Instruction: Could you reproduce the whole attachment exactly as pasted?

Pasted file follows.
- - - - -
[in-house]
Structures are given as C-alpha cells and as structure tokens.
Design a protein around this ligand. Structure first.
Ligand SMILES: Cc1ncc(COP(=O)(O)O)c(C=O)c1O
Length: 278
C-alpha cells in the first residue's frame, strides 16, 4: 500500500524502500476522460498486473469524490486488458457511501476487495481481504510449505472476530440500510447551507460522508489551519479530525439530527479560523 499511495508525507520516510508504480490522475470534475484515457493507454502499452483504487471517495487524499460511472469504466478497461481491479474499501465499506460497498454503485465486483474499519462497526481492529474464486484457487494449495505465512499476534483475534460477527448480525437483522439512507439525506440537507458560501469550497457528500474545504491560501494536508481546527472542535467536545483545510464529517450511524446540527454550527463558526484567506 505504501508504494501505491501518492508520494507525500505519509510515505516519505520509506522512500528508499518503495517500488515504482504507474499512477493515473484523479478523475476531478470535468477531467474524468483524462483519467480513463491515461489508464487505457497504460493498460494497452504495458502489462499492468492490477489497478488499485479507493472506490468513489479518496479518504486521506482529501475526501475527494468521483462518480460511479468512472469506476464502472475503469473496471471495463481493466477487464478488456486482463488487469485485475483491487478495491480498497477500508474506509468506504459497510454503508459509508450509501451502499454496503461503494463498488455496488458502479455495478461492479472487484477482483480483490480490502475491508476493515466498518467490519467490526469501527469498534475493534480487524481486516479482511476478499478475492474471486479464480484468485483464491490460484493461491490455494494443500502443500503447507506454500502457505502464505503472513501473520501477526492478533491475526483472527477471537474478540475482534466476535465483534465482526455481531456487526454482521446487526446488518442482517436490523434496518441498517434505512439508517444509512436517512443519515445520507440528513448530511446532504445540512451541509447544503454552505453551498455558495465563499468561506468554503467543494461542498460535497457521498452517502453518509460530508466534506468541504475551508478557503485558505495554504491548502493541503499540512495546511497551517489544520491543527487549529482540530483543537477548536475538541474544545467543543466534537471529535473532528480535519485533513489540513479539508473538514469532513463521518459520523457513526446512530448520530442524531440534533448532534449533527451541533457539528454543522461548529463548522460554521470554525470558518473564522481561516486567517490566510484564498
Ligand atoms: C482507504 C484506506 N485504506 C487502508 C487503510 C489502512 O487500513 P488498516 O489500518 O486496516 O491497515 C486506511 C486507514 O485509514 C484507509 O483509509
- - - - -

[in-house]
Structures are given as C-alpha cells and as structure tokens.
Design a protein around this ligand. Structure first.
Ligand SMILES: Cc1ncc(COP(=O)(O)O)c(C=O)c1O
Length: 278
C-alpha cells in the first residue's frame, strides 16, 4: 500500500524502500476522460498486473469524490486488458457511501476487495481481504510449505472476530440500510447551507460522508489551519479530525439530527479560523 499511495508525507520516510508504480490522475470534475484515457493507454502499452483504487471517495487524499460511472469504466478497461481491479474499501465499506460497498454503485465486483474499519462497526481492529474464486484457487494449495505465512499476534483475534460477527448480525437483522439512507439525506440537507458560501469550497457528500474545504491560501494536508481546527472542535467536545483545510464529517450511524446540527454550527463558526484567506 505504501508504494501505491501518492508520494507525500505519509510515505516519505520509506522512500528508499518503495517500488515504482504507474499512477493515473484523479478523475476531478470535468477531467474524468483524462483519467480513463491515461489508464487505457497504460493498460494497452504495458502489462499492468492490477489497478488499485479507493472506490468513489479518496479518504486521506482529501475526501475527494468521483462518480460511479468512472469506476464502472475503469473496471471495463481493466477487464478488456486482463488487469485485475483491487478495491480498497477500508474506509468506504459497510454503508459509508450509501451502499454496503461503494463498488455496488458502479455495478461492479472487484477482483480483490480490502475491508476493515466498518467490519467490526469501527469498534475493534480487524481486516479482511476478499478475492474471486479464480484468485483464491490460484493461491490455494494443500502443500503447507506454500502457505502464505503472513501473520501477526492478533491475526483472527477471537474478540475482534466476535465483534465482526455481531456487526454482521446487526446488518442482517436490523434496518441498517434505512439508517444509512436517512443519515445520507440528513448530511446532504445540512451541509447544503454552505453551498455558495465563499468561506468554503467543494461542498460535497457521498452517502453518509460530508466534506468541504475551508478557503485558505495554504491548502493541503499540512495546511497551517489544520491543527487549529482540530483543537477548536475538541474544545467543543466534537471529535473532528480535519485533513489540513479539508473538514469532513463521518459520523457513526446512530448520530442524531440534533448532534449533527451541533457539528454543522461548529463548522460554521470554525470558518473564522481561516486567517490566510484564498
Ligand atoms: C482507504 C484506506 N485504506 C487502508 C487503510 C489502512 O487500513 P488498516 O489500518 O486496516 O491497515 C486506511 C486507514 O485509514 C484507509 O483509509